Sorgenfrey plane

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An illustration of the anti-diagonal and an open rectangle in the Sorgenfrey plane that meets the anti-diagonal at a single point.

In topology, the Sorgenfrey plane is a frequently-cited counterexample to many otherwise plausible-sounding conjectures. It consists of the product of two copies of the Sorgenfrey line, which is the real line \mathbb{R} under the half-open interval topology. The Sorgenfrey line and plane are named for the American mathematician Robert Sorgenfrey.

A basis for the Sorgenfrey plane, denoted \mathbb{S} from now on, is therefore the set of rectangles that include the west edge, southwest corner, and south edge, and omit the southeast corner, east edge, northeast corner, north edge, and northwest corner. Open sets in \mathbb{S} are unions of such rectangles.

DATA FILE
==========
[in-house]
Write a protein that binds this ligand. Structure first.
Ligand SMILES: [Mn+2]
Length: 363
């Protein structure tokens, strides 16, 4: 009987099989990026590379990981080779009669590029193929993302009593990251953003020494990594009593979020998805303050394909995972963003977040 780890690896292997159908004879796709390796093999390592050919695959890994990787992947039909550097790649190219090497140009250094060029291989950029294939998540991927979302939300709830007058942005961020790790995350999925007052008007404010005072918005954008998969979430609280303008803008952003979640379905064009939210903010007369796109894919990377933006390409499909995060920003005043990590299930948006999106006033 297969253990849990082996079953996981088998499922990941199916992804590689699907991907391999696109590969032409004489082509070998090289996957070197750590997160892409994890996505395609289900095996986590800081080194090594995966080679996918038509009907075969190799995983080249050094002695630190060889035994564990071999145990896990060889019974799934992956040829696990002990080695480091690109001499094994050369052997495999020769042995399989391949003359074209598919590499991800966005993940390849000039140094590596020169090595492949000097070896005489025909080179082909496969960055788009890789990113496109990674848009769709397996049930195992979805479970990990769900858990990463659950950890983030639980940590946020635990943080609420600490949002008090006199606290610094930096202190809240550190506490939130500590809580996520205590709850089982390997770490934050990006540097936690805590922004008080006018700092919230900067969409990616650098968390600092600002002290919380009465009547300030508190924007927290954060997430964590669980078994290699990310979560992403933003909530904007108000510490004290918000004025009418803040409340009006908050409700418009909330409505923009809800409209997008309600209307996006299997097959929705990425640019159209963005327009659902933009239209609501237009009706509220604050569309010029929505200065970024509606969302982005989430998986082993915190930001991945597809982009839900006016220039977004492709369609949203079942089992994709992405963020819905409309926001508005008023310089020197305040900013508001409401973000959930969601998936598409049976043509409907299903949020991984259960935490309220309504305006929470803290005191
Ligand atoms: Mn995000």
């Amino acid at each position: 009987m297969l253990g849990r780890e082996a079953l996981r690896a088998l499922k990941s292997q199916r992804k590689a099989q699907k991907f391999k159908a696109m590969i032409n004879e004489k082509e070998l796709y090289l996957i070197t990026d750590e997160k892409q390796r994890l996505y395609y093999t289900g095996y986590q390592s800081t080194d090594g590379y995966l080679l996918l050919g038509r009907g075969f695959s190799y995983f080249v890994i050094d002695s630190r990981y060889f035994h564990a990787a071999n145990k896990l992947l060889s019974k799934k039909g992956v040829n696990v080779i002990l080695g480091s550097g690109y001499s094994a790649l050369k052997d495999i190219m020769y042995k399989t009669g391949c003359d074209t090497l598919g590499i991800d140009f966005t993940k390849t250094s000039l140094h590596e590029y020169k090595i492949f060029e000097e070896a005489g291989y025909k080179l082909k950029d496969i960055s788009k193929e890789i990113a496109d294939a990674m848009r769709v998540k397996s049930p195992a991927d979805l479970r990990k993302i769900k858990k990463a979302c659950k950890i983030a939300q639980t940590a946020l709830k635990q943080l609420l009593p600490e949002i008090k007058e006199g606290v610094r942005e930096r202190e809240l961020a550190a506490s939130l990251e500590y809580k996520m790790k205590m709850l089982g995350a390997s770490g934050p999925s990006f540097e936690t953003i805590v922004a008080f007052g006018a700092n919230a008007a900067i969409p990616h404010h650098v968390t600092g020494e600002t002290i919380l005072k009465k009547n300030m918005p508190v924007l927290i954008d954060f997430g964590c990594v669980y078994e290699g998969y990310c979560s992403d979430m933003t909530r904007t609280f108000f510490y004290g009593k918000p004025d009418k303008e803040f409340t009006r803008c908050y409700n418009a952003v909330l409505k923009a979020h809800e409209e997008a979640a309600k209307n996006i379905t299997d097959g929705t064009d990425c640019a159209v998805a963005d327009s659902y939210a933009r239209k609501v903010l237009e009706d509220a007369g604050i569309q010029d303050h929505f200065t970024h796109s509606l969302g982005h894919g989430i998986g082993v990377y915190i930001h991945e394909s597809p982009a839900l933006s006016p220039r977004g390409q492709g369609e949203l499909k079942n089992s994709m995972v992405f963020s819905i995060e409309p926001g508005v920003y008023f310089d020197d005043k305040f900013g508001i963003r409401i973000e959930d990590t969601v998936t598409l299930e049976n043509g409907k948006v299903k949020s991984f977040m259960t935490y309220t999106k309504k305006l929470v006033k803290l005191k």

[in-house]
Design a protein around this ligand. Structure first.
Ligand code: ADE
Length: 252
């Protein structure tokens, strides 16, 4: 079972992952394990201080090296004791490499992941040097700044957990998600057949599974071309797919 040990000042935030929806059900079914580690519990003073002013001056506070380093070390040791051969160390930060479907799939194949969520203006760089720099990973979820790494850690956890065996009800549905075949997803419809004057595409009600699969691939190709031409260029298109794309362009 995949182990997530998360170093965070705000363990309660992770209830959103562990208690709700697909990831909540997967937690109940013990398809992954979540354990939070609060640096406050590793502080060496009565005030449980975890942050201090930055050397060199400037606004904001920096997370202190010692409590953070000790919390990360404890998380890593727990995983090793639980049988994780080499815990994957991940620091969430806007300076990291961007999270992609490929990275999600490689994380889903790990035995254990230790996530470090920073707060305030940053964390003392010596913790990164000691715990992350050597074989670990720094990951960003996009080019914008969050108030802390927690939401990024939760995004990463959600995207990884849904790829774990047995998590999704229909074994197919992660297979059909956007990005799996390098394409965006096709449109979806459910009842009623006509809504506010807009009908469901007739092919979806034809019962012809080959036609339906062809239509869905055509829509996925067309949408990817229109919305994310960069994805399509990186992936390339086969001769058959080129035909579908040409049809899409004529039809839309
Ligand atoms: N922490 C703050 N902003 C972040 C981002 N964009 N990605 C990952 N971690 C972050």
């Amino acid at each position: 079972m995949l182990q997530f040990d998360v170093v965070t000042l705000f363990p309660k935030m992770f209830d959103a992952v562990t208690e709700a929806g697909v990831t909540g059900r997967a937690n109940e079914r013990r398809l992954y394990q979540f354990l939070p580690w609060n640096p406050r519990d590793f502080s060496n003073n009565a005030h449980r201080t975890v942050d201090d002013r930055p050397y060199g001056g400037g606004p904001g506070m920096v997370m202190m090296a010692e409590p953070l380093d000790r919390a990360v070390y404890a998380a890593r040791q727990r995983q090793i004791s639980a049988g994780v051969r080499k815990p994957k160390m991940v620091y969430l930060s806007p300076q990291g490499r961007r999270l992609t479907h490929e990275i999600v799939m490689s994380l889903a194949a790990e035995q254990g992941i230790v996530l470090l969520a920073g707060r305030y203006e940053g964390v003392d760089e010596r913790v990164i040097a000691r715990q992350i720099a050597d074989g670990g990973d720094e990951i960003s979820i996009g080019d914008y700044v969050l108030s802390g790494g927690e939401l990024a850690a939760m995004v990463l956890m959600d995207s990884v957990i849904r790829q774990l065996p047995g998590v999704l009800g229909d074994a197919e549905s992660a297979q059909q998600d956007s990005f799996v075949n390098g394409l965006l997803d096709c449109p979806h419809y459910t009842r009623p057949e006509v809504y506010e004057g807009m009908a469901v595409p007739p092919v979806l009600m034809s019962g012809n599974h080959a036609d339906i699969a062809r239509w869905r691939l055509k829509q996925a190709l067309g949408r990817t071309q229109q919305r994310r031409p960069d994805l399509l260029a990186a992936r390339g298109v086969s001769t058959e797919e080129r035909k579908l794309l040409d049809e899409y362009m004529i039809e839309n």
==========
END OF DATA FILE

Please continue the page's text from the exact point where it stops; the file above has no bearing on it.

\mathbb{S} is an example of a space that is a product of Lindelöf spaces that is not itself a Lindelöf space. The so-called anti-diagonal \Delta = \{(x, -x) \mid x \in \mathbb{R}\} is an uncountable discrete subset of this space, and this is a non-separable subset of the separable space \mathbb{S}. It shows that separability does not inherit to closed subspaces. Note that K = \{(x, -x) \mid x \in \mathbb{Q}\} and \Delta \setminus K are closed sets that cannot be separated by open sets, showing that \mathbb{S} is not normal. Thus it serves as a counterexample to the notion that the product of normal spaces is normal; in fact, it shows that even the finite product of perfectly normal spaces need not be normal.

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